Richard III’s reburial has reignited a Facebook War of the Roses

Debate is raging online as to where the newly-rediscovered royal remains should be buried.

 

If you thought the Wars of the Roses ended with the death of Richard III at Bosworth, then think again. The question of where his bones are to be laid to rest is proving divisive among legions of the maligned King’s twenty-first century followers. But instead of raising their halberds and swords in defence of the House of York, their chosen field of battle is the complex and often anonymous arena of social networking sites. Historians have long rejected the notion that a neat line was drawn under the Plantagenets in 1485, but with news emerging this week that death threats have been made to the Dean of York, it is clear that the war is far from over.

When the Leicester dig was first planned, the University had to make provision for the suitable reinterment of any human remains that were unearthed. At the time, their chances of finding Richard were slight and have since been calculated by University mathematicians as being less than one per cent before the first diggers even lifted the tarmac in the car park. Unexpectedly, though, a combination of incredible luck and careful planning meant that they hit the jackpot on day one. After the euphoria of the press conference faded, the thorny question resurfaced of what to do with his bones. While the University thought it had that covered, Richard’s fans have other ideas.

The two main contenders for guardianship of the bones are the Cathedrals of Leicester and York. Usual archaeological practice supports burial at the nearest possible location to the exhumation site but many Ricardians around the world have questioned this. The King’s connection with Leicester is that of ignominious defeat, whilst he was known to have been fond of York and his plans to establish a chapel inside its Cathedral are suggestive to some of his desire to be buried there. It was also the Mayor of York’s sergeant who raised a lone voice in lamentation of Richard’s “piteous” murder “to the great heaviness of this city”. Westminster Abbey is the usual burial site of English kings, although Richard’s reign was brief and his identity as a Lord of the North has been well established in recent scholarship. The bones of his wife, Anne Neville currently lie in the Abbey under a slab erected by the Richard III Society, following her death in March, 1485. There is also St George’s Chapel Windsor, where his elder brother Edward IV lies and All Saints’ Church at Richard’s childhood home of Fotheringhay, where his father was reinterred during Edward’s reign. Yet, the debate, which has become polarised now between York and Leicester, is taking such a vituperative turn that it has provoked debate in the House of Commons and intervention by the police.

An engraving of Richard III. Image: Hulton Archive/Getty

The case against Leicester is being fought passionately. Some campaigners have cited the pattern of wounds on Richard’s body, many of which were inflicted purely for humiliation as he was carried back into the city, as a powerful reason to lay him to rest elsewhere. There is also the diminutive size of Leicester Cathedral, which was only designated as such in 1927. This week, plans for the king’s tomb have provoked more controversy, as the initial seven foot limestone casket, designed by the Society may prove too large for its intended location. Plans for the £30,000 monument have been developed since 2010 and have been well received, although the problem of size has been raised since they were formed. A floor slab has been offered instead but this will not satisfy the thousands of visitors who are expected to flock there to pay their respects. Over 24,000 people have now signed an e-petition to revoke the planning order to lay his bones in the city where he was found. Nine of Richard’s living relatives, descendants of his siblings, also added their voices to the melee, asking for him to be “brought home” to York.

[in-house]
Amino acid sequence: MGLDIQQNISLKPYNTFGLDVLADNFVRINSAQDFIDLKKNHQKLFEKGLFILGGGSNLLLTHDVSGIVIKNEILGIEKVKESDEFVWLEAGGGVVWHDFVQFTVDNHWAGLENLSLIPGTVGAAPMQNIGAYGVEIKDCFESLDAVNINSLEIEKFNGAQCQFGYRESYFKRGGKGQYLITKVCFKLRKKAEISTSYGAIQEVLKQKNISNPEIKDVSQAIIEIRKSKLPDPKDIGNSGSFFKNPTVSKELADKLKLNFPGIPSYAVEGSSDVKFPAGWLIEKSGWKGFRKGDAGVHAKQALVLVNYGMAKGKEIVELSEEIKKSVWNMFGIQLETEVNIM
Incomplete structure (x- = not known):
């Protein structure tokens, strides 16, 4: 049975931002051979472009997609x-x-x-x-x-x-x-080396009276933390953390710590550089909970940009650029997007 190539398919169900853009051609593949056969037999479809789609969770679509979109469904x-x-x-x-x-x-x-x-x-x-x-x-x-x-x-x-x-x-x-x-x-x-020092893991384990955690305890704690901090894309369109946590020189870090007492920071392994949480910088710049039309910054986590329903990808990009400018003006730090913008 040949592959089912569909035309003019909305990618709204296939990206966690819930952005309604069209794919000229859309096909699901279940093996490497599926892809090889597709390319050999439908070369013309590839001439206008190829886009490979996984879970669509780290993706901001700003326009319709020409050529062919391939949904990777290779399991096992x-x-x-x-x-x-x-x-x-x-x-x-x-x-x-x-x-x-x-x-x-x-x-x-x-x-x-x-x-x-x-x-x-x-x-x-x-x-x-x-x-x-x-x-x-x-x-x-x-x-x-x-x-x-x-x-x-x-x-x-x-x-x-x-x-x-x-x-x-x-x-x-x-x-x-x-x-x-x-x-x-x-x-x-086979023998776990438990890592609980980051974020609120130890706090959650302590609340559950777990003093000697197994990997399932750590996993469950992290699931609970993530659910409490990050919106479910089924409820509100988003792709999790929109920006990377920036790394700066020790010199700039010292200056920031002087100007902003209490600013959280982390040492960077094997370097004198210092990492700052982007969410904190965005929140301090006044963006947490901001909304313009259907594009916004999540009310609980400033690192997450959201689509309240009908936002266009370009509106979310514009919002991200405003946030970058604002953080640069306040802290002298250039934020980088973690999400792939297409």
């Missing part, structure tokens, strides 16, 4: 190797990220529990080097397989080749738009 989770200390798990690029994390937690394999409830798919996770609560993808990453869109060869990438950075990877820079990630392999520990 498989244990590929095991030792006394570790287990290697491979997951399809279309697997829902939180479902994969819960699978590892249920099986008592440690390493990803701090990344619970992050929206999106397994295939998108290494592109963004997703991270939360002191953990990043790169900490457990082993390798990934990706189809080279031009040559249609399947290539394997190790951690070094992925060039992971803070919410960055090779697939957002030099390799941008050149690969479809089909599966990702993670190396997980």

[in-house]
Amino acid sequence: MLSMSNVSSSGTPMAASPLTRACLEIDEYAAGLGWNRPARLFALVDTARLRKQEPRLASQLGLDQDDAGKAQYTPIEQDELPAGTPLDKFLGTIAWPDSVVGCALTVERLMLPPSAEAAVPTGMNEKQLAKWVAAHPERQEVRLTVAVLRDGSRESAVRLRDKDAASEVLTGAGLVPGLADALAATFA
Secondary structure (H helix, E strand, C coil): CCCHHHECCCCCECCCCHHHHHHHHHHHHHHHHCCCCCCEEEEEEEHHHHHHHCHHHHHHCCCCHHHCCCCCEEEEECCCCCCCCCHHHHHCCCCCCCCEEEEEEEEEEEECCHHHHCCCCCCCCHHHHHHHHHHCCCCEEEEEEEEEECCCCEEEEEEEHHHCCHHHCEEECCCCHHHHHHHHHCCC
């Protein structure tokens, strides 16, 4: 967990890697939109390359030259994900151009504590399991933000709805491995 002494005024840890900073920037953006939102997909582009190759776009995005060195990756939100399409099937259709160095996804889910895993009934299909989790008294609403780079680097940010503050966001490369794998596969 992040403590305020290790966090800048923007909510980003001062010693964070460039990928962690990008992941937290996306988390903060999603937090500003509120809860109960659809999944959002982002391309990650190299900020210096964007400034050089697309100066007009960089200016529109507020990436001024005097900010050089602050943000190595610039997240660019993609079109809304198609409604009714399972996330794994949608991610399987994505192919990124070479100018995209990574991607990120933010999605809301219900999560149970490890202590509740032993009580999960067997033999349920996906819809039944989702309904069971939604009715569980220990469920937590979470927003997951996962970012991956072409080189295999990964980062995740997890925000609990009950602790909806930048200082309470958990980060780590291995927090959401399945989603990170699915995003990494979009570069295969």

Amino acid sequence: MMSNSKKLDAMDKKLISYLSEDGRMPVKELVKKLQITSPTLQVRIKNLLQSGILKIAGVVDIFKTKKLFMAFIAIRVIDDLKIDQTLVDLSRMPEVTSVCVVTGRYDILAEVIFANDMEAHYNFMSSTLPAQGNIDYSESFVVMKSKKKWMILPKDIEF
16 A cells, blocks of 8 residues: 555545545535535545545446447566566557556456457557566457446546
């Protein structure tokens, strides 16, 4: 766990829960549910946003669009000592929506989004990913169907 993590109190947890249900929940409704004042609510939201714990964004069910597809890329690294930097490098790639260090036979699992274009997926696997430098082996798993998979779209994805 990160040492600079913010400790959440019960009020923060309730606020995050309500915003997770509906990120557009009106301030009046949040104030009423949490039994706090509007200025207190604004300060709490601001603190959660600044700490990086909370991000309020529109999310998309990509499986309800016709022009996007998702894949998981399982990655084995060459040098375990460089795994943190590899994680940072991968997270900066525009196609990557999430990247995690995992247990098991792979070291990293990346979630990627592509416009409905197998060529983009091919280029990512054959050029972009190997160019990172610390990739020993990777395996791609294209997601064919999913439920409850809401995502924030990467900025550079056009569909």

Richard’s battle has even infiltrated Parliament. In response to such strong feeling, York MPs Hugh Bayley and Julian Sturdy raised the matter in a Private Members’ debate in the House of Commons this Tuesday, claiming that the original decision had been made in the interests “of the state”, not the people. After all, this was an anointed King of England, but one that has warranted unprecedented interest and devotion. They suggested that a committee be set up to investigate his reburial and that all current proceedings by the University of Leicester be halted. Bayley referred to the Wars of the Roses, now commonly called the Cousins’ War, as “a nasty, bloody civil war that tore our country apart.” It is in the modern media of online forums, that the war has turned nasty.

It was to be expected that Facebook would be set alight by the story. What was unpredictable though, is the level of nastiness into which some participants have descended. While a number of new pages have popped up like mushrooms since the Leicester excavations, there were already a number of history groups in existence, active in the promotion of Richard’s life and times. Equally popular are those dedicated to his immediate successors, the Tudors, whose founding member, Henry VII, defeated the last Yorkist king at Bosworth. The debate began good-naturedly, with the vast majority of participants in these sites being friendly and united in their passion for the past. Some are unfailingly partisan in defence of their chosen side, which is to be expected but sadly, a few have descended into unpleasantness. Facebook and discussion forums can be wonderful places to share knowledge and make new friends. Unfortunately, their anonymity also offers a platform for extremists and trolls, whose intention is to provoke upset. Richard’s cause has attracted a number of these.